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SUPPLY COSTS AND EMISSION PROFILES OF PETROCHEMICAL PRODUCTS IN SELECTED HUBS

Supply Costs and Emission Profiles of Petrochemical Products in Selected Hubs

Published On: June 27, 2019

Executive Summary

CERI commissioned this study to quantify greenhouse gas (GHG) emissions from petrochemical processes and evaluate supply costs of products from various processing pathways and petrochemical hubs. The hubs assessed are Alberta Industrial Heartland in Alberta, Sarnia/Corunna (Ontario), the United States Gulf Coast (USGC), and South Korean hubs. Environmental impact is evaluated in terms of carbon dioxide, methane and nitrous oxide emissions from the petrochemical sector. The economic impact is assessed through indicative product supply costs at both the plant gate and at potential destination markets. The United States and China are considered destination markets.

To achieve the objectives of the study, CERI adopted a hub-level analysis approach. We modelled hypothetical integrated petrochemical facilities in each of the hubs, observing jurisdictional differences in the supply cost model and considering various processing pathways for single and mixed feedstocks.

For more informations read the full report and see our data visualization dashboard or the summary dashboard.

The figure: Feedstock Compositions for Steam Cracking and Propane Dehydrogenation Processes shows the feedstock options speculatively treated in each of the hubs to produce polyethylene (PE via steam cracking1) and polypropylene (PP via propane dehydrogenation2) as the primary/main products for which the supply costs are computed.





CERI also quantified co-products from each processing pathway and ran four supply cost scenarios to capture jurisdictional variabilities, carbon tax and the ability to obtain additional
revenues from sales of co-products. The feedstock and process combinations (per Figure: Feedstock Compositions for Steam Cracking and Propane Dehydrogenation Processes), in addition to their integrated polymerization units, constitute the five hypothetical facilities assessed for each of the four hubs of focus in our product supply cost modelling.

Emission intensities of processing pathways capture the differences in processing technologies,fuel types, electricity requirements and sources. The figure: Ranges of Process GHG Emissions for different Process and Feedstock Options shows the ranges of GHG emissions for each process and feedstock combination. Natural gas combined cycle (NGCC), coal and cogen are the three types of electricity sources incorporated in our current modelling, however, NGCC is used as the benchmark electricity source for most facilities. The process emissions include those from the production of olefin monomers and the subsequent polymerization step. Process emissions are expressed in per tonne of the main product.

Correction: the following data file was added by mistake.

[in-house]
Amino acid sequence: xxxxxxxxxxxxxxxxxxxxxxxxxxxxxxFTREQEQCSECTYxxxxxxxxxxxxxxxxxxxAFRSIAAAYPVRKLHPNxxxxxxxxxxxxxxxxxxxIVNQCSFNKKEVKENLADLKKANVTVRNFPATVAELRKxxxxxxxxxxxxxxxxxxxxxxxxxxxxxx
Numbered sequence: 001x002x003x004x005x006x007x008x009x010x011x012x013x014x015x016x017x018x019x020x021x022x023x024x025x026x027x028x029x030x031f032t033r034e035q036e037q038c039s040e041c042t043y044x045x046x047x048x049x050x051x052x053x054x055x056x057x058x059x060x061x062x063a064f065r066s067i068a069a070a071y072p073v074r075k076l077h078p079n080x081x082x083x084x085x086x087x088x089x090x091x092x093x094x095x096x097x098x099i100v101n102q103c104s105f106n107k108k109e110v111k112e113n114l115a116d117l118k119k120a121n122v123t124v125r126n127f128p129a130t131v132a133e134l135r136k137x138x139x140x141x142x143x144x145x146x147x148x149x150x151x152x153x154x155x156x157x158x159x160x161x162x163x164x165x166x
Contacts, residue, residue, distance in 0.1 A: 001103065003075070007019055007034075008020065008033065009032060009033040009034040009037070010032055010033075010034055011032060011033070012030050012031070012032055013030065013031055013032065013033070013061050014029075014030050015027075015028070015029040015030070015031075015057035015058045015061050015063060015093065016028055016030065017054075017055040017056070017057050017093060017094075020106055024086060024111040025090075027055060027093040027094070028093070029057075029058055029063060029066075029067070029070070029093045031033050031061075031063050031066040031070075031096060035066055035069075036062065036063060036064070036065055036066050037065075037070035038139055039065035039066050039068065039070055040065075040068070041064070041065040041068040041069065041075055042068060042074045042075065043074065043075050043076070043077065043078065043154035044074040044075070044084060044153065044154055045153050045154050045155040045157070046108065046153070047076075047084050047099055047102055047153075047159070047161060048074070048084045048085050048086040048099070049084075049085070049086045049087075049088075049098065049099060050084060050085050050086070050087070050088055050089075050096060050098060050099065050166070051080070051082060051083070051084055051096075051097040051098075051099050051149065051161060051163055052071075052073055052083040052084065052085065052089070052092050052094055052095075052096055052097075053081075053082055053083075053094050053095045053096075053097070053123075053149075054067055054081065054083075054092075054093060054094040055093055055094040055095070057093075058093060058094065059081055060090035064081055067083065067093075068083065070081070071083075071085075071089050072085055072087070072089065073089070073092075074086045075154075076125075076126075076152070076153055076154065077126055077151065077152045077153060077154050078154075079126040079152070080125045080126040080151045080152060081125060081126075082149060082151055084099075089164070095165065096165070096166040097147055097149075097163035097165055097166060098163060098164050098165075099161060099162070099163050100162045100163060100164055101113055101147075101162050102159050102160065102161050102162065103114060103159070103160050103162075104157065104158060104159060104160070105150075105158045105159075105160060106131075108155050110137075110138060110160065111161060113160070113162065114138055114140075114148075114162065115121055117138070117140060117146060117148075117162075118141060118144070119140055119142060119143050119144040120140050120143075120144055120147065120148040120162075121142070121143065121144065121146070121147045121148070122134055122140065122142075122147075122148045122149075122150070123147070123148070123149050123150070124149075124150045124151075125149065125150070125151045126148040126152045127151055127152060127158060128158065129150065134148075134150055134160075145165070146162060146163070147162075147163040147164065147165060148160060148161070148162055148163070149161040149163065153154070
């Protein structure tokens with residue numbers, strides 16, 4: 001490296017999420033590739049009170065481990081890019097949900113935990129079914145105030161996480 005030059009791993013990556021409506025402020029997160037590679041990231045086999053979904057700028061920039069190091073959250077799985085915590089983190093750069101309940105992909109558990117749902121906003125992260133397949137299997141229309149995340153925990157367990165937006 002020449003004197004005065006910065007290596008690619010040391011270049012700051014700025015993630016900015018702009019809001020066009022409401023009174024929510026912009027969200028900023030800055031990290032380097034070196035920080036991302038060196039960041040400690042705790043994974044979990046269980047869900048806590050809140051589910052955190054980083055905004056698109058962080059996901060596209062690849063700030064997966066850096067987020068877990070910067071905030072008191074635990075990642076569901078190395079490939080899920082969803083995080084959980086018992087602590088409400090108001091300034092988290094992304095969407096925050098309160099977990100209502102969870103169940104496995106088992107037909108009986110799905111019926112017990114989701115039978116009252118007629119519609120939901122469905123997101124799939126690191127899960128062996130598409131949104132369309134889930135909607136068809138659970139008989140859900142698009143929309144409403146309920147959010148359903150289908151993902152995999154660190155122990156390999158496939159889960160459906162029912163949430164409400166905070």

The PDH process for on-purpose polypropylene has the lowest GHG emission intensity ranging between 0.19-0.62 t-CO2e/t. Polyethylene from ethane cracking plants has the next lowest intensity ranging from 0.54 to 1.35 t-CO2e/t. Polyethylene from naphtha cracking has the highest GHG intensity ranging between 1.24 to 1.96 t-CO2e/t. However, naphtha cracking has a wider product spread relative to the other cracking feedstocks. Therefore, if overall emissions were to be allocated to all high-value products using any of the standard life cycle analysis (LCA) methods (such as system expansion, substitution or partitioning), the intensities based on each high-value chemical would be lower. Nevertheless, our approach in this study is to quantify total processing emissions based on the main product for each feedstock processing pathway.


The primary sources of GHG emissions in a petrochemical plant are process heaters, boilers, cooling towers, catalyst regeneration vents, gas purge/flare systems, MSS (maintenance, startup and shutdown) emissions, and process fugitives. Based on EPA prevention of significant deterioration (PSD) filings, fugitive emissions may account for up to 5% of total facility GHG emissions (Trinity Consultants 2012, 2012; US EPA 2014; Chevron Phillips 2018; US EPA 2012; Environmental Resources Management 2014). Depending on the process and technology in use, methane and nitrous oxide emissions account for between 0.1% to about 2% of total carbon dioxide equivalent (CO2e) emissions.